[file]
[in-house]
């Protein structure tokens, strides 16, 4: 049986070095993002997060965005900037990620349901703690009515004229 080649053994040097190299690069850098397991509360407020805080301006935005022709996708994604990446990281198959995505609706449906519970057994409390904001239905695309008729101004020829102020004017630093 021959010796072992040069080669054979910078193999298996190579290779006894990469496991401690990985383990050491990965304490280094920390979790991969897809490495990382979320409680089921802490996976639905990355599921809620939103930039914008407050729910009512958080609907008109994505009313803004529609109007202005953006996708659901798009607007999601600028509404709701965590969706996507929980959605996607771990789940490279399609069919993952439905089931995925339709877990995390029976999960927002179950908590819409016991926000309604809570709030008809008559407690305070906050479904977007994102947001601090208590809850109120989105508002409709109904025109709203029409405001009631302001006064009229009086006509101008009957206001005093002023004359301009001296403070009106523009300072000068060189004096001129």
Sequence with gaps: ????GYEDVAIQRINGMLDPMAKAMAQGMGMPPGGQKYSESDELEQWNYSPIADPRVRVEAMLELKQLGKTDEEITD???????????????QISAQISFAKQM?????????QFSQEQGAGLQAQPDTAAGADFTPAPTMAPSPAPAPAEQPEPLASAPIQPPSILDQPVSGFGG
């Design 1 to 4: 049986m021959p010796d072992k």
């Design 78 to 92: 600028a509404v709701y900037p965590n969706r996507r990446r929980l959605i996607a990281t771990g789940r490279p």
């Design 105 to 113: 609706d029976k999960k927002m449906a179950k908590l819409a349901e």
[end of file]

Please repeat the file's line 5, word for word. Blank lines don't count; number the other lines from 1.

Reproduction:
């Design 78 to 92: 600028a509404v709701y900037p965590n969706r996507r990446r929980l959605i996607a990281t771990g789940r490279p």